House Committee on Public Utilities and Energy
Analysis of H298 committee vote exposes generation gap among legislative Republicans
The vote in the House Committee on Public Utilities and Energy says a lot. It is not just about the issue (H-298) of renewable energy. It vividly illustrated the importance of political and ideological alignments in the state House of Representatives specifically and the state legislature in general. It was a very rare moment indeed, when intra-party differences spilled out of the secret party caucuses – where the fate of legislation is debated and decided while curtained from the public’s view – and into the public arena exposing differences in ideology, philosophy and personality. What it revealed was a sharp generational divide in the Republican majority – particularly in the House of Representatives – and the degree to which ideology and pragmatism clash.
ON THE ISSUE: Energy and the environment are issues where political party, or typical conservative-Republican /liberal-progressive-Democratic outlooks, often have little to do with how legislators stand. More relevant is their outlook (ideological vs. fiscal vs. libertarian conservatives along with pro-business progressives or pro-labor liberals). Democrats hung together in this vote – but they represent a wide range of outlooks. Pricey Harrison, D-Guilford, is probably the most staunch environmentalist in the legislature. Susie Hamilton, among the most pro-business Democrats. This is an issue were the two meet. Renewable energy, particularly solar, is establishing a strong and growing presence in the energy sector of the state’s economy. It isn’t merely embraced by ardent conservationists and environmental radicals, but the business sector in general – particularly the state’s major utilities.
And this is where the committee vote reflects differences among Republicans. Differences not just on this issue, but distinctions that could have an impact on critical legislation as the tough issue and budget choices get made in late May and through June. The GOP members of the committee who voted against Rep. Hagar’s repeal of the Renewable Energy Standards represented districts and constituencies were renewable energy is a part of the economic base. Davidson County hosts one of the state’s largest solar installations; Cabarrus and Cleveland counties are home to several substantial solar projects. Duke Energy, with its headquarters in Charlotte, just announced a major renewable energy initiative with Google to be the focus of a sustainable energy rate offering it is developing. Republican Gov. Pat McCrory attended the Google-Duke announcement. Further, Charlotte is seeking to develop and brand itself as a regional energy hub, using the community’s substantial energy resources along with the academic setting and offerings at UNC Charlotte.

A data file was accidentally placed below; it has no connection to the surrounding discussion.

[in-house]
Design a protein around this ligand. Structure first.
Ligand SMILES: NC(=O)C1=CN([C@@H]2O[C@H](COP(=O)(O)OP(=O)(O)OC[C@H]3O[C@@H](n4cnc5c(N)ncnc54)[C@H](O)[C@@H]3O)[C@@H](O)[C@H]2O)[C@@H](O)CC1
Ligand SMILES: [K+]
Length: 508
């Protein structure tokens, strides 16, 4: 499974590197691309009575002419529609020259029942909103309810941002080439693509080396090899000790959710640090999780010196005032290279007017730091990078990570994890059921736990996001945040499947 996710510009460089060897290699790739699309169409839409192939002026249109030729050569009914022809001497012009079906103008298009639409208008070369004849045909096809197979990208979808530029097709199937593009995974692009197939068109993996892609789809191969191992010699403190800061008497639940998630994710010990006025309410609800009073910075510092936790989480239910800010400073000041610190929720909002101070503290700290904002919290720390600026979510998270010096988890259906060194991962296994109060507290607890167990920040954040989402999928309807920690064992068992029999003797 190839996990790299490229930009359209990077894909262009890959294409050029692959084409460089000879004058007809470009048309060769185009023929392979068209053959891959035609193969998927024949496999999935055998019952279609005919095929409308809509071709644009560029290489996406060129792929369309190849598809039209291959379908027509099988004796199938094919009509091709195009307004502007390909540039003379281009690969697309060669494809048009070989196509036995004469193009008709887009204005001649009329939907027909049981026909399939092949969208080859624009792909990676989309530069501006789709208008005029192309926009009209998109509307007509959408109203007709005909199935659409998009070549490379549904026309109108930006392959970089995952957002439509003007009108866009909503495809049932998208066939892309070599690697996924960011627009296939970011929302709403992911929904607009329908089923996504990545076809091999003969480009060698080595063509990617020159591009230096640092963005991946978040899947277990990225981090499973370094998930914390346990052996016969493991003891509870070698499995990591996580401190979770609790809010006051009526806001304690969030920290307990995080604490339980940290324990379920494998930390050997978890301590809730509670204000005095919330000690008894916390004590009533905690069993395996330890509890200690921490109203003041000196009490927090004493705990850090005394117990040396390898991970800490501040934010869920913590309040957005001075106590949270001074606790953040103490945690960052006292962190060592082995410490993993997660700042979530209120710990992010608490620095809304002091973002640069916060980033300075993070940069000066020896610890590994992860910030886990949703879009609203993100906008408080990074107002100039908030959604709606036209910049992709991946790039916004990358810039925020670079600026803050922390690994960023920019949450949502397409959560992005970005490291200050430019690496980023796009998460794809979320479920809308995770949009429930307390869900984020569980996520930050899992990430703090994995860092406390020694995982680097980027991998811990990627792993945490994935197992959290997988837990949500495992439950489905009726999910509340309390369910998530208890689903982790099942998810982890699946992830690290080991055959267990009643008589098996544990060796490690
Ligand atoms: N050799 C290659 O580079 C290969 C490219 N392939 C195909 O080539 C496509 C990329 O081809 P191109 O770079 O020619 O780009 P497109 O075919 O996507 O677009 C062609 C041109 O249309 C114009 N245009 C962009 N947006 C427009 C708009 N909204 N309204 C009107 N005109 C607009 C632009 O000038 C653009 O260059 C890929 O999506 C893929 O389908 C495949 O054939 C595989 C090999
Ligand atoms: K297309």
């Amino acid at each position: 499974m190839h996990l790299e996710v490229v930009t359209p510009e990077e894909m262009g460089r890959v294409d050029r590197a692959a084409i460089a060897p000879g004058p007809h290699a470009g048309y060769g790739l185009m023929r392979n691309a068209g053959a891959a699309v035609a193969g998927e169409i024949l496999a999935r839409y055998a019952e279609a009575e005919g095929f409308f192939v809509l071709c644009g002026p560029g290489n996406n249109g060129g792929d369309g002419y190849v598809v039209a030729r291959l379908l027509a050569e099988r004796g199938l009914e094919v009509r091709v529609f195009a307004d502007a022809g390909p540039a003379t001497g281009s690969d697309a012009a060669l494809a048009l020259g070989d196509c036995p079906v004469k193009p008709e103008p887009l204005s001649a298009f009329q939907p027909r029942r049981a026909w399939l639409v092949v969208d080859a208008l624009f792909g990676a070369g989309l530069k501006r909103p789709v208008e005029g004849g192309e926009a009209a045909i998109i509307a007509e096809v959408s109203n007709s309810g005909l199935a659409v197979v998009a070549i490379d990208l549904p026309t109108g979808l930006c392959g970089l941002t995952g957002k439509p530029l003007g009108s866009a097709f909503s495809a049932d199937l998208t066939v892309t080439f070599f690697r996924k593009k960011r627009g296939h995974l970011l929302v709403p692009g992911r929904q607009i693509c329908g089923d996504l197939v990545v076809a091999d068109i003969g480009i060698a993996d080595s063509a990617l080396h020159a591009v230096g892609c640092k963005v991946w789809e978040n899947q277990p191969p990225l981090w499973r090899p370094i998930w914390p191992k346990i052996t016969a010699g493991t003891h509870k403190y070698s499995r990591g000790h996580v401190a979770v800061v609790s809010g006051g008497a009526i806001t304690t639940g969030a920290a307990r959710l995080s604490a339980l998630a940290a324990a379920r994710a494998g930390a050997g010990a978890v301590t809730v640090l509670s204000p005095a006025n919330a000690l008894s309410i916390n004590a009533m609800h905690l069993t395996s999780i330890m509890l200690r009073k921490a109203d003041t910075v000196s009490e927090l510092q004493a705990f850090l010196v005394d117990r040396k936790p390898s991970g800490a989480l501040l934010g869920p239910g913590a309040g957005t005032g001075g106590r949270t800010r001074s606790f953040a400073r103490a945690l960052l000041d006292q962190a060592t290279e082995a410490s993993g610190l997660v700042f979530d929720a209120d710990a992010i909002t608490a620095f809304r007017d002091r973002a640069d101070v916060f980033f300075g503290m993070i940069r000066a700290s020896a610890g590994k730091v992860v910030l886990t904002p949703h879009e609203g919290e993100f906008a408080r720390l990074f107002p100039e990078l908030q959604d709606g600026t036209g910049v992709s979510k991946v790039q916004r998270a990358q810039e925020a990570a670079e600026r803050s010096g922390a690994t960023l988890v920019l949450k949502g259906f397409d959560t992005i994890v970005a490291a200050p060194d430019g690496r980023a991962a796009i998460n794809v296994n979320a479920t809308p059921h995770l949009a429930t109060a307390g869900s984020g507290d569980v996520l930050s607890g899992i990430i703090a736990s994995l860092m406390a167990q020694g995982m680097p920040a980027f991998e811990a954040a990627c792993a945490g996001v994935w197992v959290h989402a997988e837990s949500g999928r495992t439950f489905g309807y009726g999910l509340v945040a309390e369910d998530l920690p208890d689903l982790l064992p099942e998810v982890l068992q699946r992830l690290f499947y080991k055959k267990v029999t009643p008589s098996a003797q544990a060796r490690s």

Like Hager, those supporting his bill come from the ideological wing of the GOP majority in the House – who today make up the majority of the majority. Seven of the 13 representatives who sided with Hager are first-term legislators. Three more, including Hager, are only in their second term while two others have three term’s experience. The only senior legislator to side with Hager was Julia Howard – who’s in her 13th term. Think of it as a total of 25 terms experience in the General Assembly among those 13 House members contrasted with the 36 terms of total experience among just the six Republicans who opposed Hager’s bill. While experience in the legislative process is always an element, the critical factor here is generational. Hagar and his allies in this vote clearly represent one generation of GOP legislators – a group that largely came in since 2009 with a strong ideological identity and agenda -- while those Republicans who opposed his bill represent a conservative brand of politics for sure – but also a more pragmatic one.
As the legislative session slides into May and June – when key issues that have been simmering since January start to bubble and budget skirmishes escalate into battles – dealing with the GOP generation gap will likely be the most challenging impediment facing the policy goals of the three most powerful Republicans in the state: Gov. Pat McCrory; House Speaker Thom Tillis and Senate President ProTem Phil Berger. Their agendas are similar but not in lock-step. All three are said to have ambitious eyes on Washington (Could McCrory be a vice presidential pick in 2016? Will it be Berger or Tillis on the GOP ballot for U.S. Senate in 2014?). How they manage the differing factions within their own party – or forge critical coalitions of votes beyond it – will determine success in 2013 and could provide a stepping stone to prized achievements and ambitions in 2014 and beyond.